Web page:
Woman, Eating by Claire Kohda

This is one of those novels that you can’t help but devour quickly. It makes you hungry to read more because you’re waiting for the starving vampire at its heart to end its fast.

Lyd is of mixed heritage – she has a Japanese father and a half-Malaysian mother, and, though she appears human and can wander outside in the day time if she’s thoroughly covered up and wearing sunglasses and sunscreen, she is a vampire. A vampire whose vampire mother lost her mind when she lost her vampire teeth. Lyd has put her mother in a home – even though said mother only looks like she’s in her mid-forties – so that she can pursue her life as an artist. But her mother was in charge of keeping her fed and Lyd doesn’t know how to find pig’s blood in the city…

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Dark Neighbourhood by Vanessa Onwuemezi

This collection of poetic stories settle about the mind in a swarm of emotion, feeling and altered consciousness. They have transformative qualities that shed newly refracted light upon our expectations and shift appearances and genres like costumes in a pageant.

I’d like to hear Vanessa Onwuemezi in conversation with Irenosen Okojie. Both writers twist and slip their pens across fresh uses of English that conjure frightening futures and contemporary reals we do our best to avoid seeing.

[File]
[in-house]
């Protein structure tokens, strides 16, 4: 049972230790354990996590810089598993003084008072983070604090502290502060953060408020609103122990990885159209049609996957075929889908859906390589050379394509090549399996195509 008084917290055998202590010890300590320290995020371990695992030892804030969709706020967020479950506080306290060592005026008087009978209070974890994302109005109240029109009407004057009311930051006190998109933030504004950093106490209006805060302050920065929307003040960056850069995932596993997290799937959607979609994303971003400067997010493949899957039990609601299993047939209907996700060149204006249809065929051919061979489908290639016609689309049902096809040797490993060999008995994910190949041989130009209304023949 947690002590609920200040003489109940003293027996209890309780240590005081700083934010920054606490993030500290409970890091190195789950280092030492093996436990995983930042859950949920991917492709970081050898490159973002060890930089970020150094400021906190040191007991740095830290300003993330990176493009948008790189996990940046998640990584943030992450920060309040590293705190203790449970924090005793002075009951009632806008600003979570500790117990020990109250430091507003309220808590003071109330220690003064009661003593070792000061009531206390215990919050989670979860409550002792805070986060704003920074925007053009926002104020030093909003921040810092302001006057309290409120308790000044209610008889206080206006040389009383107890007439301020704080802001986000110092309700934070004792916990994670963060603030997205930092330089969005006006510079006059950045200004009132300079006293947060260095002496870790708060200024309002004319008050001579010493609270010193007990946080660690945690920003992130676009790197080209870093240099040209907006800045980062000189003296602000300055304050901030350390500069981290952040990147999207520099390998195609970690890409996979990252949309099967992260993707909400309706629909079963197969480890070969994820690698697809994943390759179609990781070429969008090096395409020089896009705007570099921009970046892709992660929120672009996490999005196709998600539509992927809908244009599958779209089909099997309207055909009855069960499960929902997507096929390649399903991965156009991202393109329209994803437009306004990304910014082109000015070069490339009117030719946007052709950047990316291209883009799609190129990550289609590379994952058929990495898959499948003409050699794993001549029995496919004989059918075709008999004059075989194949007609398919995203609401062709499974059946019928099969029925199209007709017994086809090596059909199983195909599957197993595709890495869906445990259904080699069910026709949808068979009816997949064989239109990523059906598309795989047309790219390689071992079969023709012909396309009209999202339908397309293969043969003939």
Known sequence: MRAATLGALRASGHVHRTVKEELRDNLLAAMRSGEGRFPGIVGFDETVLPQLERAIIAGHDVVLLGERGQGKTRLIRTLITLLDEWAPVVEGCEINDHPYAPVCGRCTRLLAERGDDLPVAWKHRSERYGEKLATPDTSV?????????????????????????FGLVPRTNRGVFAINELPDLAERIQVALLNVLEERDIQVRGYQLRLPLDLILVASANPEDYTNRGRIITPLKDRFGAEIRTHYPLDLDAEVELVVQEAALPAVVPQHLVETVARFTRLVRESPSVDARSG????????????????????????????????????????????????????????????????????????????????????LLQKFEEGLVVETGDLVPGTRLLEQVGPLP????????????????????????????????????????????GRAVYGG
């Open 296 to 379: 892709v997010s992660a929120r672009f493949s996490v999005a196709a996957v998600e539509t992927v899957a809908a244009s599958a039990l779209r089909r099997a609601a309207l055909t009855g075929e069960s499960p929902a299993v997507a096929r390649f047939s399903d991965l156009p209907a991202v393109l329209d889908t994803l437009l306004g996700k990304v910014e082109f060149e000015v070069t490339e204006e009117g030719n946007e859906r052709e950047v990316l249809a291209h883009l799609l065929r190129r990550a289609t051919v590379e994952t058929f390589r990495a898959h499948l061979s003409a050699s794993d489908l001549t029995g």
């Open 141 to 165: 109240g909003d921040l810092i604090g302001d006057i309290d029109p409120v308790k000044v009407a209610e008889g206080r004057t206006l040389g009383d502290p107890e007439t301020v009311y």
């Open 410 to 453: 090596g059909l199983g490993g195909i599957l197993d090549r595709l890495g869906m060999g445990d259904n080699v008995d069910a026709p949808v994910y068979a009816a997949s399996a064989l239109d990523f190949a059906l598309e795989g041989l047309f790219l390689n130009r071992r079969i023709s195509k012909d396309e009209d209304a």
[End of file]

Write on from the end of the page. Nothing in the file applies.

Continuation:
I think, for me, ‘Dark Neighbourhood’ – about people waiting in a long line to be let through a gate into a place where they imagine life will be good; a dark vision of today and the future – and ‘Green Afternoon’ – about a man from a wealthy neighbourhood who witnesses the death of a young boy on the back steps of his gated, communal garden – speak most to me. They are about the now and what will be and has been. They are both historic and prophetic. Vanessa Onwuemezi is an amazing writer.

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Peaces by Helen Oyeyemi

Otto and Xavier are going on a non-honeymoon on a train that is the home of the allusive magician Ava Kapoor. They are to enjoy the train ride but avoid Ava who will inherit millions only if she can pass a sanity test and must not be disturbed.

Of course they do speak to Ava and learn of the conditions of her inheritance and of her benefactor’s son, Prêm. Who is Prêm? Did he ever exist? Ava has never seen him despite others assuring her of his presence. Why could she not see him? What effect would being unseen, even if only by one person, have? Why did Ava, continue to play her theremin to an empty room, even if she did feel a presence there in the emptiness?

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